FIVE STAND-OUT MOMENTS IN DIOR’S ILLUSTRIOUS HISTORY
The House of Dior turns 70 this year. And to celebrate this milestone in the history of one of the world’s most prestigious couture houses, the National Gallery of Victoria in Melbourne, Australia is putting on an exhibition: “The House of Dior: Seventy Years of Haute Couture.”
The collaboration between the NGV and the House of Dior and includes a display of more than 140 garments designed by Christian Dior Couture between 1947 and 2017. Meanwhile, the exhibition explores the story of the House of Dior through a series of themes, featuring works by the seven designers who have played key roles in shaping Dior’s identity: Christian Dior, Yves Saint Laurent, Marc Bohan, Gianfranco Ferré, John Galliano, Raf Simons, and Maria Grazia Chiuri.
As Dior’s Spring / Summer 2018 show, the third ready-to-wear offering by Maria Grazia Chiuri as Creative Director, took place just yesterday and in celebration of the launch of the exhibition, we’ve curated a list of some of the House of Dior’s most important moments.
The founding of the House of Dior: The birth of the New Look
Having learnt how to draw, and after working for various fashion houses such as Robert Piguet before being called up for service during WWII, Christian Dior decided to establish his own fashion house. Invitations to the first presentation on 12th February 1947 were highly coveted. Launching what would become known as the “New Look,” Dior’s voluminous silhouettes and long skirts were a rebellion against the economy of fabric that dictated styles during the War.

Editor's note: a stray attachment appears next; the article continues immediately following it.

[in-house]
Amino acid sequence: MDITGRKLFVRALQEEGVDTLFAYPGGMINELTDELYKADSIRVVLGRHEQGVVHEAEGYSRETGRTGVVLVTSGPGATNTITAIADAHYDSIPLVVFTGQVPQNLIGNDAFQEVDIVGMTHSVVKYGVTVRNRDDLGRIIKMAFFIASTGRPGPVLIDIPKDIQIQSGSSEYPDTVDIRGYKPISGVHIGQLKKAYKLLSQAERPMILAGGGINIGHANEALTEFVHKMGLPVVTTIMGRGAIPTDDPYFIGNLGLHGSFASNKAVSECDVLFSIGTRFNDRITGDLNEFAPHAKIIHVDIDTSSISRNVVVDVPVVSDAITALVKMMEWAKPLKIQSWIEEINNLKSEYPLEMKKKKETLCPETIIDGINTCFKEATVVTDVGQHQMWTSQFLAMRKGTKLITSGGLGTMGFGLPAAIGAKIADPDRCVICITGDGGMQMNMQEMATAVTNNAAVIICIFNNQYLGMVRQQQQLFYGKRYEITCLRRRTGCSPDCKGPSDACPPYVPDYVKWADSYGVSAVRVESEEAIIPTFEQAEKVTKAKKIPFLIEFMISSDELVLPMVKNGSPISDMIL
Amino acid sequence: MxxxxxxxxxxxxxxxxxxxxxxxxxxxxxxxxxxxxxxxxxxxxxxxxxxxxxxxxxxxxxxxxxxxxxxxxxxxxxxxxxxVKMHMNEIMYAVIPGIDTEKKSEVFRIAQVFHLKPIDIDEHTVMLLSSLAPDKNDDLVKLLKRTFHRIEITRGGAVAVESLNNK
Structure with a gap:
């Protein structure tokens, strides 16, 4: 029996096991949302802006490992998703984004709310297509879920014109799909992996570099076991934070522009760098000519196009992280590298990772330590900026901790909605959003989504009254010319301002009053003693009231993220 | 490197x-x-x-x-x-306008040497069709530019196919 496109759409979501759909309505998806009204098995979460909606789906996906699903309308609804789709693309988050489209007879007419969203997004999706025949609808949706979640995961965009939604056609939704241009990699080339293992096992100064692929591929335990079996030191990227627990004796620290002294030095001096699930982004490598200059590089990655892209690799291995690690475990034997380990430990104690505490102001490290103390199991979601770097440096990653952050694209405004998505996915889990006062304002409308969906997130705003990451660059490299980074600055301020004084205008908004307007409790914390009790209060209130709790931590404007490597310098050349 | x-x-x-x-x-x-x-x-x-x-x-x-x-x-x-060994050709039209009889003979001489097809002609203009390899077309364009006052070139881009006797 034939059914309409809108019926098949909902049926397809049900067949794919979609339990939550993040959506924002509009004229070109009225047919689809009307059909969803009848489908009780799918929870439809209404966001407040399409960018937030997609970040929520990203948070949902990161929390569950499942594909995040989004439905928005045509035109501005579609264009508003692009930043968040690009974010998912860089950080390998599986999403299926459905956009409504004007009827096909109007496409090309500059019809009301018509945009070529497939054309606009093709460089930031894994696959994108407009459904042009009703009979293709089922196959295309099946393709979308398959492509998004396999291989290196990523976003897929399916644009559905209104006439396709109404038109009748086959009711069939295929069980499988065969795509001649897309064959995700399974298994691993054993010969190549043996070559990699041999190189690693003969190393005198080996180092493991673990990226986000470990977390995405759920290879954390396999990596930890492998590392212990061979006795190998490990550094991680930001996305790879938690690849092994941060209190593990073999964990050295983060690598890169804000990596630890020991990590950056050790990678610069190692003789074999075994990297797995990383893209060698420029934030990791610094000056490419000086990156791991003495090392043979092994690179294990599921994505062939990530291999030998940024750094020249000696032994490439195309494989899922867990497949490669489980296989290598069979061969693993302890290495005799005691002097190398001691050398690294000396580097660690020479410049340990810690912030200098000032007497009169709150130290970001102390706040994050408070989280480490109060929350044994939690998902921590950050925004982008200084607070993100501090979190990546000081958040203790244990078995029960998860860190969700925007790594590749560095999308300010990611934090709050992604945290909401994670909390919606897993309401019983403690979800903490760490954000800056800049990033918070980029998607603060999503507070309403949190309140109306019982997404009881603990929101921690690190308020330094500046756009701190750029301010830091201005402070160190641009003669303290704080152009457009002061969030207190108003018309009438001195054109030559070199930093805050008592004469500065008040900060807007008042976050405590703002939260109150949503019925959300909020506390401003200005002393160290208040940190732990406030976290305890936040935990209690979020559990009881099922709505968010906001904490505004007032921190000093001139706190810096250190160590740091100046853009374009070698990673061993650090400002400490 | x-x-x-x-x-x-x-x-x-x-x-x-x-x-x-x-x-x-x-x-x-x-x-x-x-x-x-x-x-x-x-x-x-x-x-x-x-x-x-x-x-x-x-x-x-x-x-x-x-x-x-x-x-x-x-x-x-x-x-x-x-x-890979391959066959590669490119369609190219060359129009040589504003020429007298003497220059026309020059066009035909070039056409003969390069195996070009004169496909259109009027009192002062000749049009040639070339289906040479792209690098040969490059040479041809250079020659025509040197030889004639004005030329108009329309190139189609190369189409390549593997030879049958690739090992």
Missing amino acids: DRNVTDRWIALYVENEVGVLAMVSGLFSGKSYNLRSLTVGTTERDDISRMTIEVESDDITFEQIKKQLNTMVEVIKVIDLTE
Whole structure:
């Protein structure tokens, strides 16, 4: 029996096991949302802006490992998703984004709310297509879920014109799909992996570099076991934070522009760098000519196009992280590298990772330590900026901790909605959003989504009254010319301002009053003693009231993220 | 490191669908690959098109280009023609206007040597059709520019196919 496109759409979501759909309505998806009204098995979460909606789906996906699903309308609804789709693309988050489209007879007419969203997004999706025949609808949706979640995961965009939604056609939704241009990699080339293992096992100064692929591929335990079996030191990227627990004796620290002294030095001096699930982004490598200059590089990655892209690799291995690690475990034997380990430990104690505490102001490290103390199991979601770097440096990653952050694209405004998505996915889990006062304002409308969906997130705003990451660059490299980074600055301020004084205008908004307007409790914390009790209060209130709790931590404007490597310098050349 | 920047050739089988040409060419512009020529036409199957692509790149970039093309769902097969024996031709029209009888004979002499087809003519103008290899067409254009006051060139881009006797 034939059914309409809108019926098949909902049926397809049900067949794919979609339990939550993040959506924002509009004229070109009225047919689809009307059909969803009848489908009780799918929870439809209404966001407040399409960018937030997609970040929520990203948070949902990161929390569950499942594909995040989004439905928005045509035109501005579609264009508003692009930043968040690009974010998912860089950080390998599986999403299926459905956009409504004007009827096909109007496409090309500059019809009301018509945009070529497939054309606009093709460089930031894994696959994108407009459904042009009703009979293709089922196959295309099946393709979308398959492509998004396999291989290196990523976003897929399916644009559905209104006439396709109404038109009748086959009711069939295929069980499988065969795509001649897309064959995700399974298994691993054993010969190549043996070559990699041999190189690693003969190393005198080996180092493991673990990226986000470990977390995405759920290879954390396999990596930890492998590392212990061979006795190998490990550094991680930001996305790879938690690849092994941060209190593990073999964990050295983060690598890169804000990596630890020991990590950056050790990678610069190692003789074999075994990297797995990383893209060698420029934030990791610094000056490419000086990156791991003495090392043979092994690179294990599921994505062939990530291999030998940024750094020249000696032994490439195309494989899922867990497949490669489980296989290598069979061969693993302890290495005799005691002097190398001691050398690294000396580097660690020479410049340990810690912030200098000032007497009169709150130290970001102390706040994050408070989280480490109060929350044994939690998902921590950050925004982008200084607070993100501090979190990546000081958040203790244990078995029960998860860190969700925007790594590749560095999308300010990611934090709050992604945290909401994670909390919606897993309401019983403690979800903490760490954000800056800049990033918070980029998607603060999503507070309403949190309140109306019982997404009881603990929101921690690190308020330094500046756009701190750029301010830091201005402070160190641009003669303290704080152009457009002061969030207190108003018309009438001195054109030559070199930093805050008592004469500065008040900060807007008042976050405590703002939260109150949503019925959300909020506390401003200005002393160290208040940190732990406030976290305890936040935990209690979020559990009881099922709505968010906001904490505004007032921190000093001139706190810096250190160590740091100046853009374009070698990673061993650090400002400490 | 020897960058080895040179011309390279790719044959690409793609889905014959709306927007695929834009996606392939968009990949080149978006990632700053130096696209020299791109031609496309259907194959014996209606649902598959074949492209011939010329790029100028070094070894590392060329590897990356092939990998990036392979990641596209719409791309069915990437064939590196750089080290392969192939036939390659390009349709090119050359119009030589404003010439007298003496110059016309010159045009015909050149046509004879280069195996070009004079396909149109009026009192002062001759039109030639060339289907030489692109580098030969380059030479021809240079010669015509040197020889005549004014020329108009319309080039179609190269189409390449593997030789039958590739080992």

Dior’s death and the domination of the House of Dior
By the time that Christian Dior died of a heart attack in 1957, just ten years after the House was founded, the House of Dior was already producing fifty percent of French haute couture exports. Dior had outposts in the USA and Australia, and had officially conquered the world. Later that year, another fashion icon, the young Yves Saint Laurent, was appointed Creative Director, ushering in a new era for the label.
The Galliano Years
The fifth Creative Director at Dior, John Galliano was appointed in 1996, going on to define the label in the first decade of the new millennium. Creating a reputation for the brand as dramatic, theatrical and postmodern, Galliano was also highly technical. Demonstrative of the way in which each Creative Director has made their own interpretation of Dior’s original legacy, Galliano looked to Dior’s designs while making them very much his own. He was dismissed in disgrace after a drunken anti-Semitic rant in the streets of Paris in 2011.
Raf Simons and Dior and I
When Belgian designer Raf Simons took the helm of the house in 2012 after Galliano’s dismissal, he had just eight weeks to put together his first haute couture collection. Under intense scrutiny, Simons looked to the Dior archives, pairing iconic shapes with his own personal inspirations. The whole process, tears, last-minute changes and all, was documented in Frédéric Tcheng’s 2014 documentary film, Dior and I. After just seven couture collections (as opposed to the tens produced by previous Creative Directors), Simons moved on in 2015.
Maria Grazia Chiuri
Previously at the House of Valentino, Maria Grazia Chiuri was appointed Creative Director in 2016: the first woman at the house’s helm in its nearly 70-year history. Since her first couture collection at the beginning of 2017, she has steered Dior in a more streetwear-inspired direction, once again putting her own personal spin on the shapes and cuts that have become quintessentially Dior.
The House of Dior: Seventy years of Haute Couture at the National Gallery of Victoria runs from 27th August – 7th November 2017.
Header Image: Christian Dior draping fabric over fashion mannequin Sylvie c. 1948, Dior Heritage collection, Paris, Photo: Bellini, © Christian Dior